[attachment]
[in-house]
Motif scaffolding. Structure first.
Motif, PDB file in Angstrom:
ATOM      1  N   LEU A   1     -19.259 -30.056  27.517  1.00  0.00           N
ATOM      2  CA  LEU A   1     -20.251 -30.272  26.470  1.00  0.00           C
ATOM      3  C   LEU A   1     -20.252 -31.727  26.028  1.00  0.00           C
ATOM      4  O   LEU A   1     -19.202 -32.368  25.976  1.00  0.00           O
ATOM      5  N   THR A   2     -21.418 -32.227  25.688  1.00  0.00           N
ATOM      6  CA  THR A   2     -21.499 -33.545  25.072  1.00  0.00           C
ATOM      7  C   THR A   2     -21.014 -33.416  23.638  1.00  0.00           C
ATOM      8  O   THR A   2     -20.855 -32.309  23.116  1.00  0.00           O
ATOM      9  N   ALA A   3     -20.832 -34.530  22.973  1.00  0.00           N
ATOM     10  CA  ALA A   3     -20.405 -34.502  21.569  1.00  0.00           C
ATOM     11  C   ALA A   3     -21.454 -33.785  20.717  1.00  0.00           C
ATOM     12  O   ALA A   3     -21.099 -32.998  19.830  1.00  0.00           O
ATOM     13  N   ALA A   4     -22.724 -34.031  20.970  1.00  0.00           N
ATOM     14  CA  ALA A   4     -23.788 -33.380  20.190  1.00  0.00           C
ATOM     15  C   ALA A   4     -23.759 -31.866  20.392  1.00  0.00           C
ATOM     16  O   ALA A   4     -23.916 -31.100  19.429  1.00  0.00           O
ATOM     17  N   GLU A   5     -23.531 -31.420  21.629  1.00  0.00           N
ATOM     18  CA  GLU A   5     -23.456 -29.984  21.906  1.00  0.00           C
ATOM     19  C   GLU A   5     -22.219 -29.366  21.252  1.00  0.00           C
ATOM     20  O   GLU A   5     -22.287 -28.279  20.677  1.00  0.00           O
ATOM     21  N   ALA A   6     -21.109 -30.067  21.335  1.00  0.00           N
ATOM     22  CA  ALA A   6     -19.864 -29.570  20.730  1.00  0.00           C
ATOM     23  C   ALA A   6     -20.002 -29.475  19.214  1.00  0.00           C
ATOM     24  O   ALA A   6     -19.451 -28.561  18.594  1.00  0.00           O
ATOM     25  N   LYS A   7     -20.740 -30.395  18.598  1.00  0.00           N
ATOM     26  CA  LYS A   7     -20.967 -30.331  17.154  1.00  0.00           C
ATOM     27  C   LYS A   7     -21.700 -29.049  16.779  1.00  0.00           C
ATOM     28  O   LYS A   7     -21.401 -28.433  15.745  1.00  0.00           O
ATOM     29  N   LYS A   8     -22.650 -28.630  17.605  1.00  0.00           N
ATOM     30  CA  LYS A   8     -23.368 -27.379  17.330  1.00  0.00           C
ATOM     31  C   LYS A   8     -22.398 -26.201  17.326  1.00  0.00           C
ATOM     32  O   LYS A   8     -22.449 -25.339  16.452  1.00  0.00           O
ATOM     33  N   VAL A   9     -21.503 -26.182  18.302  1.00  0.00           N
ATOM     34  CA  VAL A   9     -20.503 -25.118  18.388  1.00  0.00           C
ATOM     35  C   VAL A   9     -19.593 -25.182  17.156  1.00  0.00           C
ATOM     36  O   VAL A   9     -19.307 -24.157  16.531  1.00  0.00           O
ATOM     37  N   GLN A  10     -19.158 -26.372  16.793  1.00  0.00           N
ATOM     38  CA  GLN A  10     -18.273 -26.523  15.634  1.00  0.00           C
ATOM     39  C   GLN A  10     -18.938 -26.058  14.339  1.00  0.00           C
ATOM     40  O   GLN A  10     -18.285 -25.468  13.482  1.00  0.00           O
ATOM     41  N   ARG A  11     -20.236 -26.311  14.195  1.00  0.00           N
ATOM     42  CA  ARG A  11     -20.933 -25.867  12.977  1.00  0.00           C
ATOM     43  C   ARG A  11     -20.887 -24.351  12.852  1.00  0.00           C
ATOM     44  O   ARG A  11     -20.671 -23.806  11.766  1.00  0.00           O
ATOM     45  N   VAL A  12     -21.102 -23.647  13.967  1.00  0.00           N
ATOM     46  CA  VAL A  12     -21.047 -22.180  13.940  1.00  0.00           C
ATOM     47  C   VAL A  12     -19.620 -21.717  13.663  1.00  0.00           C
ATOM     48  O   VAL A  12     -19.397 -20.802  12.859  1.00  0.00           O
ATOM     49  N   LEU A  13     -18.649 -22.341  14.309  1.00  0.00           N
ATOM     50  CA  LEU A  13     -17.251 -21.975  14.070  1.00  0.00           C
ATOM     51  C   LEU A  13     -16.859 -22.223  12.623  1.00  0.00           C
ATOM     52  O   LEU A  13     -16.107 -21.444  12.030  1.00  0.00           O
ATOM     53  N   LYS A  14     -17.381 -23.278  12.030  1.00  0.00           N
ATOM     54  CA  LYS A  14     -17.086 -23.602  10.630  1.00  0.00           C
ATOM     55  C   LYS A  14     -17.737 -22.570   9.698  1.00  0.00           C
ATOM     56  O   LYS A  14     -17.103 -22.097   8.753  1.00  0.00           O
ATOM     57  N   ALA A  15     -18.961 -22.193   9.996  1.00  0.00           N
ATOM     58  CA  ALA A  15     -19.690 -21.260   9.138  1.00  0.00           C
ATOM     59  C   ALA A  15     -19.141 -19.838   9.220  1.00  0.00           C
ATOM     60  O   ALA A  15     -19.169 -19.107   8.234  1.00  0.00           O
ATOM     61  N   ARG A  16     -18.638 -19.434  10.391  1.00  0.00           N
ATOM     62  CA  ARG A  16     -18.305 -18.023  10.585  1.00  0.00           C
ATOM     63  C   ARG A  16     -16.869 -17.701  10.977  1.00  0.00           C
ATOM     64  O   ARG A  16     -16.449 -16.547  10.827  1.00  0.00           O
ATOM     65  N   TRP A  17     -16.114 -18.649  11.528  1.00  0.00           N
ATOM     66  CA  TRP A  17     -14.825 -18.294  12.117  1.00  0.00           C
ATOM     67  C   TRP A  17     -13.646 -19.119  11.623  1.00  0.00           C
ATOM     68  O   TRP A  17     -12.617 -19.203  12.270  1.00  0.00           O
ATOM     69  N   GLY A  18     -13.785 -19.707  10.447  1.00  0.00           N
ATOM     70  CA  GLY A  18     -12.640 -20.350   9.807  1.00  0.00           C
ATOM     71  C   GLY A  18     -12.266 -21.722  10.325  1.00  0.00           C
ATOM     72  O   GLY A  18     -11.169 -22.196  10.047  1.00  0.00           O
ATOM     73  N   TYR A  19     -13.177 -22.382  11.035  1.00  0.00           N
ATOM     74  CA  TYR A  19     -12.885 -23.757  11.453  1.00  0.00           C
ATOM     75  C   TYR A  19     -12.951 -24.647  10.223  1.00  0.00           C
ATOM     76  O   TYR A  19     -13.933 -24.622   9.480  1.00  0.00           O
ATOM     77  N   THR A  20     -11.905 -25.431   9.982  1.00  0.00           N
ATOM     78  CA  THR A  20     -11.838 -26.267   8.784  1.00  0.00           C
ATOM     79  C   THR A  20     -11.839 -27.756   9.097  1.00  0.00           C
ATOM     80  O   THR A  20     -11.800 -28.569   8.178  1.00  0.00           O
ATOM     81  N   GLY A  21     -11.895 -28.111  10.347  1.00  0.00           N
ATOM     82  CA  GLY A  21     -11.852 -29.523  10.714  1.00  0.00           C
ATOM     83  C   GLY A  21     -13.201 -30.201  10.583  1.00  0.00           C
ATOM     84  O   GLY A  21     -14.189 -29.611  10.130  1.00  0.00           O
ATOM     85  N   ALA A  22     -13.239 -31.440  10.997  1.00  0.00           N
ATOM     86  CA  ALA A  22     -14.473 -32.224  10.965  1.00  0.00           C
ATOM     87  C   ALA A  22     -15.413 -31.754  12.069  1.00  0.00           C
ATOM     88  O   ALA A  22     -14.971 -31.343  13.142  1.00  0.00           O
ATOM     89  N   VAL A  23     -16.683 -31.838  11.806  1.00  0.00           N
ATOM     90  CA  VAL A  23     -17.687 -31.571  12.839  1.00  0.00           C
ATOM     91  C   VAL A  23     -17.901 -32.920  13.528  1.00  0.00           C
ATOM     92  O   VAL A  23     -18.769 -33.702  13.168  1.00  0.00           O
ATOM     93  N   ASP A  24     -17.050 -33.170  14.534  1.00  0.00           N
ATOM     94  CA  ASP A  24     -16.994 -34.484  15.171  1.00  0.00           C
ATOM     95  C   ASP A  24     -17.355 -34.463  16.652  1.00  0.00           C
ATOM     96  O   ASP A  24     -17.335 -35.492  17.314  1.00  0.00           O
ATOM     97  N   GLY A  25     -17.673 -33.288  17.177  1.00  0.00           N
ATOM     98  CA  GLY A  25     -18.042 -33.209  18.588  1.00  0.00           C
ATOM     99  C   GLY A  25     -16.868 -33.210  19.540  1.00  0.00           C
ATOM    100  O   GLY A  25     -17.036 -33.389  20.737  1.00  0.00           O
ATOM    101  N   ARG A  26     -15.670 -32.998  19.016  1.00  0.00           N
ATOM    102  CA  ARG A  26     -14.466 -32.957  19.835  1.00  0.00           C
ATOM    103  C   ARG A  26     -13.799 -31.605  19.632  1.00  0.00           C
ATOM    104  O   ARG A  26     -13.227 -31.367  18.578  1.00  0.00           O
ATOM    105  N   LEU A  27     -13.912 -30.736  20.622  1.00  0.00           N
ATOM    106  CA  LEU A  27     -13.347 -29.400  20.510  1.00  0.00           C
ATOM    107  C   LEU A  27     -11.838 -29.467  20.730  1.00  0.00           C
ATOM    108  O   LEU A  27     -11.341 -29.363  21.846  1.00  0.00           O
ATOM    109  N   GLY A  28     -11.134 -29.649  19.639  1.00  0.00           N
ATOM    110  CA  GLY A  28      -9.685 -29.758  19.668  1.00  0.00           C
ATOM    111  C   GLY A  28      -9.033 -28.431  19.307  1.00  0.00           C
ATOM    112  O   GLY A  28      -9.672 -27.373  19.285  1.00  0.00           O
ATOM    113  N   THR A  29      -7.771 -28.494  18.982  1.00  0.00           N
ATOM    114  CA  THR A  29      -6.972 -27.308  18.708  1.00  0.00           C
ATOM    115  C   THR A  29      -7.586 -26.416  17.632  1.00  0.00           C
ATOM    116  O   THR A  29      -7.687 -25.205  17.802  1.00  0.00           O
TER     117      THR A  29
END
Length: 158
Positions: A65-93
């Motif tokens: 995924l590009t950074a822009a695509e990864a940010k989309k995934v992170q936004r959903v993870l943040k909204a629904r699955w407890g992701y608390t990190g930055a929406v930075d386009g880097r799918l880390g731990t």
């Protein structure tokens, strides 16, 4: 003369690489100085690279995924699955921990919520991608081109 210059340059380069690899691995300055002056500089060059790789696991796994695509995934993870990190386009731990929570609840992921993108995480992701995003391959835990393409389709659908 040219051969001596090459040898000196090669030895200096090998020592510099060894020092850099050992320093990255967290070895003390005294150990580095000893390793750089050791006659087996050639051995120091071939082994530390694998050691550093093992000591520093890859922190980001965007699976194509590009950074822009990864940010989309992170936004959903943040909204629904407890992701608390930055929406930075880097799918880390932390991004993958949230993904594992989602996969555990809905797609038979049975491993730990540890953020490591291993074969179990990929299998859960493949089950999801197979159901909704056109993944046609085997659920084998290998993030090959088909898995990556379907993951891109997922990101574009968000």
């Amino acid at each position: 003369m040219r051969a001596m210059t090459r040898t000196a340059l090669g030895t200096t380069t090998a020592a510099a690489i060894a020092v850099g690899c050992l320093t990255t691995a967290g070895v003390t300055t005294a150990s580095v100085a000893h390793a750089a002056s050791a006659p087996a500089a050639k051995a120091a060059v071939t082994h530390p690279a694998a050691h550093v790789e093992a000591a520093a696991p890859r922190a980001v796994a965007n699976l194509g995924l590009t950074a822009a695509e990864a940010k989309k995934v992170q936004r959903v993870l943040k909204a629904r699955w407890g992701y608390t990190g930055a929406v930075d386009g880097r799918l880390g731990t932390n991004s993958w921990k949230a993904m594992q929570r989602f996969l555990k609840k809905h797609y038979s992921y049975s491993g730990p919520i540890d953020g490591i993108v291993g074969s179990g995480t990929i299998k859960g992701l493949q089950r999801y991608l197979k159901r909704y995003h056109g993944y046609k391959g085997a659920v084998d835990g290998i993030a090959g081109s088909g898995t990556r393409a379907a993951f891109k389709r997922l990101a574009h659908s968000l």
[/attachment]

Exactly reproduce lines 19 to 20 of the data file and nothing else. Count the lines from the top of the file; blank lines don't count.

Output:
ATOM     16  O   ALA A   4     -23.916 -31.100  19.429  1.00  0.00           O
ATOM     17  N   GLU A   5     -23.531 -31.420  21.629  1.00  0.00           N